The Hoh Rainforest and the Circle of Life: the Nurse Tree

More than any other attraction, the Hoh Rainforest drew me to the Olympic Peninsula. The drive from the 101 out to the Rainforest was beautiful. Once there I walked through the famous Hall of Moss trail, about 1 easy mile not suitable for those handicapped, and the slightly-less-easy Spruce Trail, about 1.2 miles, which I liked better. I also walked down the River Trail, far enough to say that I had been on it, with a straight face, while not claiming to have done it. The backpackers said there had been an avalanche, further up, that blocked access to the further reaches of the trail.

The spring-fed stream at the beginning of the Hall of Moss Trail was pristine, in contrast to the slightly  less blue glacier-fed water of the Hoh River. You can see the algae growing in the stream.

While everyone walks the Moss Trail, almost no one goes down the Spruce Trail, which smells like Christmas. There, I saw some wildlife, birds, squirrels, a garter snake, and across the river, signs where elk had been foraging among the red alder, but no elk.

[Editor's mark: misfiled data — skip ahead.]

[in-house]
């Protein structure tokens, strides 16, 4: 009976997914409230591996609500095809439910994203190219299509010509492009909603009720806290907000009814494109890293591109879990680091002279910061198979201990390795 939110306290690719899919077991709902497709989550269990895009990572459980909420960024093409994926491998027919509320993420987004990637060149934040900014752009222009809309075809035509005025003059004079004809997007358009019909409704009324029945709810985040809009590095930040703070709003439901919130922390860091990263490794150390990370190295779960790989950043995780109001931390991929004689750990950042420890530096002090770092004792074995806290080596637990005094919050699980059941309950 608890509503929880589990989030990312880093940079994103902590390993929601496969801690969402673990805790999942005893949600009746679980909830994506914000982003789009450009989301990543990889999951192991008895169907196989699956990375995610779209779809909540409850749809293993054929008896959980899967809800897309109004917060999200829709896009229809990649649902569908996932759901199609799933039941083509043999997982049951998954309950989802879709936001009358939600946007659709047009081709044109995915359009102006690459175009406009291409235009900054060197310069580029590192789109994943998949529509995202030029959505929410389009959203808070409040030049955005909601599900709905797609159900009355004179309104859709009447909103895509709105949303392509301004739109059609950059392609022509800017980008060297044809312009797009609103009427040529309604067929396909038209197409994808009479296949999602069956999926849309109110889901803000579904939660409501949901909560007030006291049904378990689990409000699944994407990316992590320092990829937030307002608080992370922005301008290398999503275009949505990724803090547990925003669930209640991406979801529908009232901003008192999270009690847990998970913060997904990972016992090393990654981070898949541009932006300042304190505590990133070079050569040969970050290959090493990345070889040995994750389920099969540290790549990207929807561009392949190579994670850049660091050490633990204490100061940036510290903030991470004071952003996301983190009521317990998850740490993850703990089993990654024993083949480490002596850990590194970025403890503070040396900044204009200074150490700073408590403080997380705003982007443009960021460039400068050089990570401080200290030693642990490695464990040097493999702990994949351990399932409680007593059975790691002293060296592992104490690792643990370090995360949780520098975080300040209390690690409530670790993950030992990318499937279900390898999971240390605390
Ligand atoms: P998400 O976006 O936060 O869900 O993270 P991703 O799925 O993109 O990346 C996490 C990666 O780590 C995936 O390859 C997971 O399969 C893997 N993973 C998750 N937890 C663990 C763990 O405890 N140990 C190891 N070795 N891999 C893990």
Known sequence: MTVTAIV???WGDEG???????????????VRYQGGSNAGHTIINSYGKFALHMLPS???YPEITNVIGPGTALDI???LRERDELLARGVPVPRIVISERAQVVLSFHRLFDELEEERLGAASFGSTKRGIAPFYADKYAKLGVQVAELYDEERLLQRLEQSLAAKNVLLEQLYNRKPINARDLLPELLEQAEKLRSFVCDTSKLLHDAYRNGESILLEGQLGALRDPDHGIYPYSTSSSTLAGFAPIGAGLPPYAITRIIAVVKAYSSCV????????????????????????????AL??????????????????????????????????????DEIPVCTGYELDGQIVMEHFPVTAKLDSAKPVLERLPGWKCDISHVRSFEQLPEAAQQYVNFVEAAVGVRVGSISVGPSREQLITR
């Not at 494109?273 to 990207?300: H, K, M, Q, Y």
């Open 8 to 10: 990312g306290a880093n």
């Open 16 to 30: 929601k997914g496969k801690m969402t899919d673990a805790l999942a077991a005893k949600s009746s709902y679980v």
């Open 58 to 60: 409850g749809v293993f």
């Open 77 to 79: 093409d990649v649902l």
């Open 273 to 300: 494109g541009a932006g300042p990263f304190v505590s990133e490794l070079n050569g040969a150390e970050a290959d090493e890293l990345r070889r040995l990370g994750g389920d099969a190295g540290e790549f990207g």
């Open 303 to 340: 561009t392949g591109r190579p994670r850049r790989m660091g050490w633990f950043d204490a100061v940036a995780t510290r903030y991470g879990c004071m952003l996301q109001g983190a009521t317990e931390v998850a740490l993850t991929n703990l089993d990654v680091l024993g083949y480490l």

The large root ball measured 19.5 feet across and was taller than that. In the rainforest, and elsewhere but especially in the rain forest, a fallen tree can become a “nurse tree.” Trees and plants root on the elevated platform in the race to the sun and feast on the nourishment provided by the rotting tree underneath. When you come across a line of trees standing on toes, the “nurse’ has rotted away, the only evidence of its life, the line of trees marking its grave. There were examples all around the Hoh Rainforest of nurse trees, the picture of the line of trees shows one that has disappeared into the earth. The circle continues, for while the nurse helps its adopted offspring to get a head start in life, I imagine, the nurse also provides access underneath the children for the fungus to enter, there to eat away at their insides and in due course, for them to fall, and to nurse a new generation of trees and fungus.

I very much enjoyed the Hoh Rainforest. It was everything that it was said to be. There are so many awesome places that I have seen in the last seven years. Can it really have been seven years since I started these adventures in 2010? So much to back-blog on slow days, and so many pictures and stories from my past to share in the future.



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